I wondered at first if this was more symbol-creation by white people than anything black attitudes were driving. One could no longer be a hippie, but you could get the next generation’s equivalent by being on the “side” of African-Americans. But my research was pretty clear that the resentment of Bird in black communities was real. Adding in McHale and Ainge just “proved” it to them. I had forgotten Isiah Thomas’s comments about Bird, for example. But remembering Scoop Jackson’s comments at ESPN sealed it for me. When the Celtics were driving for their first title in a long time with the addition of Kevin Garnett, Jackson assured black fans that it was finally time to forgive the Celtics, and okay to root for them now. Gee, Scoop, that’s awfully white of you to say that.
So it wasn’t just PC-whites inventing this; they jumped on to a real “cause” in the black community, to show how hip they were. Rooting for the Lakers showed what sort of person you were. More importantly, you got to make assumptions about people who rooted for the Celtics and think of yourself as a better sort of person.
It is tempting to reject the whole idea because the symbols don’t work out as nicely as advertised. LA had a white coach holding the implied whip hand over black players, while Boston had a black coach with his implied whip hand over white players. Boston was the first team to start five black players, and one of the first to have any at all. Magic really was a more naturally talented person than the fanatic, overachieving Bird. Kareem more than Parish. The Celtics brought in Bill Walton, the modern-hippie archetype.
Plus there is something more than slightly insane about believing that Red Auerbach cared about anything more that winning basketball games.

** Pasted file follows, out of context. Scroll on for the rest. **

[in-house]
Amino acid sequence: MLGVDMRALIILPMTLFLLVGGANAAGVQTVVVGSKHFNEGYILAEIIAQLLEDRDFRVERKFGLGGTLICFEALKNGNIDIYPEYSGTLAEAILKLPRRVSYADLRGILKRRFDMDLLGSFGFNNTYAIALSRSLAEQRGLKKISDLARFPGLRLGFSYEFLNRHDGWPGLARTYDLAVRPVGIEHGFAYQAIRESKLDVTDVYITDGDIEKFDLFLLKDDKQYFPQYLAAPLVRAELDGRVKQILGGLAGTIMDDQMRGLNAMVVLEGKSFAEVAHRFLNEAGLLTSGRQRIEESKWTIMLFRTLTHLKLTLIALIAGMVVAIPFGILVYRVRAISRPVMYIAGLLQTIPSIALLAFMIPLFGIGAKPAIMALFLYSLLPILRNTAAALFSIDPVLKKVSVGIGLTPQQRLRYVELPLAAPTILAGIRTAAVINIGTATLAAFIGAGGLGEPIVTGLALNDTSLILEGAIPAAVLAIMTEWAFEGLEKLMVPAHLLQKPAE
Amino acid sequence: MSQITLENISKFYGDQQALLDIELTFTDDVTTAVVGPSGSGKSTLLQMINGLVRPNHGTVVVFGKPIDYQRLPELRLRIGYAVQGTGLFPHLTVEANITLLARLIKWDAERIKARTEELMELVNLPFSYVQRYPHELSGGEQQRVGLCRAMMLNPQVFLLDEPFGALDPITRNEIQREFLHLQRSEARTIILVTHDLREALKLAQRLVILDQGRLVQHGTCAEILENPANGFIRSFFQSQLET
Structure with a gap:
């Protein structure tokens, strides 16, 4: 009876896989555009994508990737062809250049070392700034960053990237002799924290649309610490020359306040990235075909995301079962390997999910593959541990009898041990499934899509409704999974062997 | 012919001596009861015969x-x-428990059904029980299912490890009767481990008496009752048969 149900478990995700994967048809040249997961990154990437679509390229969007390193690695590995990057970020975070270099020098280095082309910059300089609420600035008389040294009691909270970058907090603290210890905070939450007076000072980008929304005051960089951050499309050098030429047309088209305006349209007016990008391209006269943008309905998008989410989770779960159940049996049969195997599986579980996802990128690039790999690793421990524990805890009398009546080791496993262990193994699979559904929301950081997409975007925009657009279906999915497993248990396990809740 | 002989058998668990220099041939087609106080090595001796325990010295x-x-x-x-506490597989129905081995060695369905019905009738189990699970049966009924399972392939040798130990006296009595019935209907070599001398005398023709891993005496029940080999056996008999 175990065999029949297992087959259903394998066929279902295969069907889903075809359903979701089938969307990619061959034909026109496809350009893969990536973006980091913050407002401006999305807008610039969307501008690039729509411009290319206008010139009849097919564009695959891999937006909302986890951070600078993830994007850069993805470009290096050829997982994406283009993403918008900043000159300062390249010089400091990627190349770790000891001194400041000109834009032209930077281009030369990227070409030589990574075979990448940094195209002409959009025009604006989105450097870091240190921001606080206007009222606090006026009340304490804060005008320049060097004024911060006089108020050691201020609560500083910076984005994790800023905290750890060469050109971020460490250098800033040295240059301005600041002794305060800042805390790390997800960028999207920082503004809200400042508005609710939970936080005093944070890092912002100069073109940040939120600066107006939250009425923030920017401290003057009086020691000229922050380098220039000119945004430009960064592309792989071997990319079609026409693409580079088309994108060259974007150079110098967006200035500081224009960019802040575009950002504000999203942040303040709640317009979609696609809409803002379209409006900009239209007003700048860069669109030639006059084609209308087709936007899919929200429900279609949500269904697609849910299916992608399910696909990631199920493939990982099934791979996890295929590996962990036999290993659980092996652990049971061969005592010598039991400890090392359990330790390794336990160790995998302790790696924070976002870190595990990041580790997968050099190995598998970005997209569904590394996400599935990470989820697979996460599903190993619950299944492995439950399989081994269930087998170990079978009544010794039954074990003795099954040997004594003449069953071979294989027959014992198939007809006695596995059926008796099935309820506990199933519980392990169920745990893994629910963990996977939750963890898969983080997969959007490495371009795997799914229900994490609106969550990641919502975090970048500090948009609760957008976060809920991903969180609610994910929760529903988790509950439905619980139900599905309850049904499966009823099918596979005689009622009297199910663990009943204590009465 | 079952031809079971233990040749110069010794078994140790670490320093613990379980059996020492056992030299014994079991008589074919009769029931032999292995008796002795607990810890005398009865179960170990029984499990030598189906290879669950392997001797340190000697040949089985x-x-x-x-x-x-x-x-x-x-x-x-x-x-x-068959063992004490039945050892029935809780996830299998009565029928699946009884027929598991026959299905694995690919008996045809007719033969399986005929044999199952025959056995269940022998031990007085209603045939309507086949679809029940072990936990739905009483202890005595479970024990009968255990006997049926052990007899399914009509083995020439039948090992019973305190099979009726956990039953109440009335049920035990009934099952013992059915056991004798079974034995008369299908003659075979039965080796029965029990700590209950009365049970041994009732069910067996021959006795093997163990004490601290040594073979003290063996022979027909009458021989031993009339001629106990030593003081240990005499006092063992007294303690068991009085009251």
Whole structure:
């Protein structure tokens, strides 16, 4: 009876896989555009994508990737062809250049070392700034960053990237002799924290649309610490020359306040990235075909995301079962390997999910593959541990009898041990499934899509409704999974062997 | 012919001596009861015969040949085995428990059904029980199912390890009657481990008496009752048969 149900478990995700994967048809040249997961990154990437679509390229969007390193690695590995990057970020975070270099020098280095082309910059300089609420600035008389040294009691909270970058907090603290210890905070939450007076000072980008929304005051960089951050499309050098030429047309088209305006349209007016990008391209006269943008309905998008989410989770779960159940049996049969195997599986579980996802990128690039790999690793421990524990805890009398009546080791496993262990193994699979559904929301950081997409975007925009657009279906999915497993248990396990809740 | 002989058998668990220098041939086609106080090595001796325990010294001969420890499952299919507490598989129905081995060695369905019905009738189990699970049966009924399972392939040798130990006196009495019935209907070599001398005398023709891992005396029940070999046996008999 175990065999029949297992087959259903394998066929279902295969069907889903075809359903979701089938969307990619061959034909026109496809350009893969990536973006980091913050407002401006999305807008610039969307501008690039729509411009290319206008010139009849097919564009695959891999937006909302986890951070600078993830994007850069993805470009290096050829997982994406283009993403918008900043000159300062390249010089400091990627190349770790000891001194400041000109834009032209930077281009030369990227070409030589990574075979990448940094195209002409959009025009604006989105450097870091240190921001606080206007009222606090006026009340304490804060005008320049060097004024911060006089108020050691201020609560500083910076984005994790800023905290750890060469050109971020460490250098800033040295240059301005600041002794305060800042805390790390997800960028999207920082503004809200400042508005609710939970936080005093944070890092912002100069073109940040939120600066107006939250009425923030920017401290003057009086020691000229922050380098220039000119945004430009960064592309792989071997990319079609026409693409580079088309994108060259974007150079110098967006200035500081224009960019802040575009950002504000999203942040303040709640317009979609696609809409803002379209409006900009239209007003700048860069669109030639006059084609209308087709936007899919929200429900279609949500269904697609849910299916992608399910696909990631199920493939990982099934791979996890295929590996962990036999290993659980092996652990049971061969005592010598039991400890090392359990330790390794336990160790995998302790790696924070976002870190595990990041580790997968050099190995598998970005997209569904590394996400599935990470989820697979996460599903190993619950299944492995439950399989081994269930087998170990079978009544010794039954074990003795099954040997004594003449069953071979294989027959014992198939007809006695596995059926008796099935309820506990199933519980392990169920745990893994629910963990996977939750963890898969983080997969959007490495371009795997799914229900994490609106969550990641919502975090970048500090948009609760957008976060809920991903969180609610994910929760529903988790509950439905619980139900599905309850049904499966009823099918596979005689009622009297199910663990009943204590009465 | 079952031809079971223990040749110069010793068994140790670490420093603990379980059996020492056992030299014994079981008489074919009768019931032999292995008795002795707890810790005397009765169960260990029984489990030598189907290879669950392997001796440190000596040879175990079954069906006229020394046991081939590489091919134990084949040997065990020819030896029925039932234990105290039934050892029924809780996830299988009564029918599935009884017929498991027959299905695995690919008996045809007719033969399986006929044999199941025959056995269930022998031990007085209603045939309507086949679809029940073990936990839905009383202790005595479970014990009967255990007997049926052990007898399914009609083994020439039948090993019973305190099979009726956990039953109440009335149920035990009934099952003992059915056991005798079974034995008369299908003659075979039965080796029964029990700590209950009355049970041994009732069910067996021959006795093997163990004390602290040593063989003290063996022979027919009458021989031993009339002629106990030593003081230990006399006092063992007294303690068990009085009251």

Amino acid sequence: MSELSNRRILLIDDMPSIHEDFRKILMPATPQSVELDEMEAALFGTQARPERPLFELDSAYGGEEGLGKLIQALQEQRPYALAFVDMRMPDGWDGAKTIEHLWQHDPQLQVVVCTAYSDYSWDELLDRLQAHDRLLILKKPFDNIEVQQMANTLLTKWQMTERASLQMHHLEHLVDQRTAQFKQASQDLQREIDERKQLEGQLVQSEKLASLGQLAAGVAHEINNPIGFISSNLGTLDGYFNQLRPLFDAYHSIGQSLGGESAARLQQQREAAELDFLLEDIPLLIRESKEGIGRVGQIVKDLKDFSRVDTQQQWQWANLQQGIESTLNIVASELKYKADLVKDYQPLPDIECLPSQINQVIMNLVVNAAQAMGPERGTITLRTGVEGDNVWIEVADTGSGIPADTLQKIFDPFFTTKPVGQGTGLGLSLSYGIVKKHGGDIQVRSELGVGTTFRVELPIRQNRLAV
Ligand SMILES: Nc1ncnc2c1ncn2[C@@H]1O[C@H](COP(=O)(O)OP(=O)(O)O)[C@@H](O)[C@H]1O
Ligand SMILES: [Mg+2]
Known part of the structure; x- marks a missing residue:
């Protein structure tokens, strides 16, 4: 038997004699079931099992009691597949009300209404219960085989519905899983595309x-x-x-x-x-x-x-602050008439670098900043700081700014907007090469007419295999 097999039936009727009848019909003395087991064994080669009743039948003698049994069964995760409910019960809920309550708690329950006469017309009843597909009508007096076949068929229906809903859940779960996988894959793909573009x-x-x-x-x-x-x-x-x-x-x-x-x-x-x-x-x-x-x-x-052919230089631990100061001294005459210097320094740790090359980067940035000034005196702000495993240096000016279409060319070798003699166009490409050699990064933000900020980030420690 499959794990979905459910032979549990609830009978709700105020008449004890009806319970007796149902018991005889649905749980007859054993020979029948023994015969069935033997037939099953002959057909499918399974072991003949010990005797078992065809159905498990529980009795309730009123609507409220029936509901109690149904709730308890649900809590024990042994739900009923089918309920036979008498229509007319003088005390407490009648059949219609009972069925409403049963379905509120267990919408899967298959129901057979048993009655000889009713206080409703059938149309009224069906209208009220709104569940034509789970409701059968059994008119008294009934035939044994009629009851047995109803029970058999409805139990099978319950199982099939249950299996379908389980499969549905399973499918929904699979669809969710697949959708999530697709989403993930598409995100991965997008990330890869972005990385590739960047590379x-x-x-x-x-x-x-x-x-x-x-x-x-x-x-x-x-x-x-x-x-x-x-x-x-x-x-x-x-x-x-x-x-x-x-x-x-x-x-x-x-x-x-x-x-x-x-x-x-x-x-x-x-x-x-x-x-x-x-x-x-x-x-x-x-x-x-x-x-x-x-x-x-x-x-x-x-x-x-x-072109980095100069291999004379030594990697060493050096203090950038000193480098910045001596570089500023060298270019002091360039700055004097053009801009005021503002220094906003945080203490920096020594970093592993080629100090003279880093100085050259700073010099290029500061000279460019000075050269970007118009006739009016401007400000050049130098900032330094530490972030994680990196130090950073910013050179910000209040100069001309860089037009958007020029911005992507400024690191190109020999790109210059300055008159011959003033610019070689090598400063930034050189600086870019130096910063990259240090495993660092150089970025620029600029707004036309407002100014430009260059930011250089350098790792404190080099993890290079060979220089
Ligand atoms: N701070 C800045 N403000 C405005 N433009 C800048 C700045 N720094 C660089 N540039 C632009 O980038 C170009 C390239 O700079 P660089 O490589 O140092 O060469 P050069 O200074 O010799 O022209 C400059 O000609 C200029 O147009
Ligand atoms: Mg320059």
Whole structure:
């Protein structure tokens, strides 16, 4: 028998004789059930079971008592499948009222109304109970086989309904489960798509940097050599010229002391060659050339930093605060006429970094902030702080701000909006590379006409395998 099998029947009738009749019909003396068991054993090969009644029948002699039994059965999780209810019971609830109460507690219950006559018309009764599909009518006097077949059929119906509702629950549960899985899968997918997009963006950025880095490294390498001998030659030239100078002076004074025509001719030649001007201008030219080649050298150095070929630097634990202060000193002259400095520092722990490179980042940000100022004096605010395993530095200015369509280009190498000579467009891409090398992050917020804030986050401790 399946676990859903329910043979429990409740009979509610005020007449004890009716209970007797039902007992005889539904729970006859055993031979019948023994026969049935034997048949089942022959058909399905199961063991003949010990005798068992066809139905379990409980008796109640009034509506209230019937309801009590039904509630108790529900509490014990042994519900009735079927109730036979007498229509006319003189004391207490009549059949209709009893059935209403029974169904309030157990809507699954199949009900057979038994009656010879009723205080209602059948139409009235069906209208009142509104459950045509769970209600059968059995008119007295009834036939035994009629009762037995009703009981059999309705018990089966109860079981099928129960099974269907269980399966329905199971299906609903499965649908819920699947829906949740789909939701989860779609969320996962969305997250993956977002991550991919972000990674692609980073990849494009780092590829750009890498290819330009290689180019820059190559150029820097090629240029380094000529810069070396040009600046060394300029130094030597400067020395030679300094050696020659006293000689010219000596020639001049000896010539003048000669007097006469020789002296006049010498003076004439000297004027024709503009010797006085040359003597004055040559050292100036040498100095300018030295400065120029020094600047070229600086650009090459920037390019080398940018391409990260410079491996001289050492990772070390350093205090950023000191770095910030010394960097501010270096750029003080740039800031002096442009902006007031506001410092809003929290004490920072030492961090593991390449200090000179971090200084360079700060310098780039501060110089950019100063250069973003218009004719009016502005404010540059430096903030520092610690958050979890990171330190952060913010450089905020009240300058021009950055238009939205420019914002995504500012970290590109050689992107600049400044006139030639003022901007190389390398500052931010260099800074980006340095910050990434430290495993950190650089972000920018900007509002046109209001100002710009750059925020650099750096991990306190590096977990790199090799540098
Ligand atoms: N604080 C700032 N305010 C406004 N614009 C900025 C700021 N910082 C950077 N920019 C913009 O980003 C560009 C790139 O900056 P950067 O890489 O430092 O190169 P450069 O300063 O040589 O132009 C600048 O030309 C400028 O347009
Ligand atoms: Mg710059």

But symbols don’t have to be perfect to get elevated to icon status, they just have to be close approximations and in the right place at the right time. That the symbol isn’t fair doesn’t mean it isn’t what people believe. Contradictory details are ignored, only confirming evidence is kept. So I think Klosterman is right that the LA fans – the national fans; I don’t hold anything against anyone rooting for their home team. You have to, man – adopted the Lakers as saying something about themselves.
Yet that is only one side of the equation. The ready assumption is that the other half must also be correct, and Boston fans were making a racial, even cultural statement themselves. Well, maybe. I certainly never heard or read anyone saying how relieved they were that there was a half-white team doing well in the NBA, but you wouldn’t expect people to. The three people I do know who don’t follow basketball like they did in the old days because they don’t like “how they play” now are all liberals. Three is a small number, but if I’m going to get up to the 80% estimate of Scoop’s about racist fans from my own personal experience, I’m going to have to encounter 12 conservatives in a row who talk in racist code about why they don’t like basketball now.
The modern, hipper fans of Lakers Showtime get half their theory proved. Just not the half they wanted.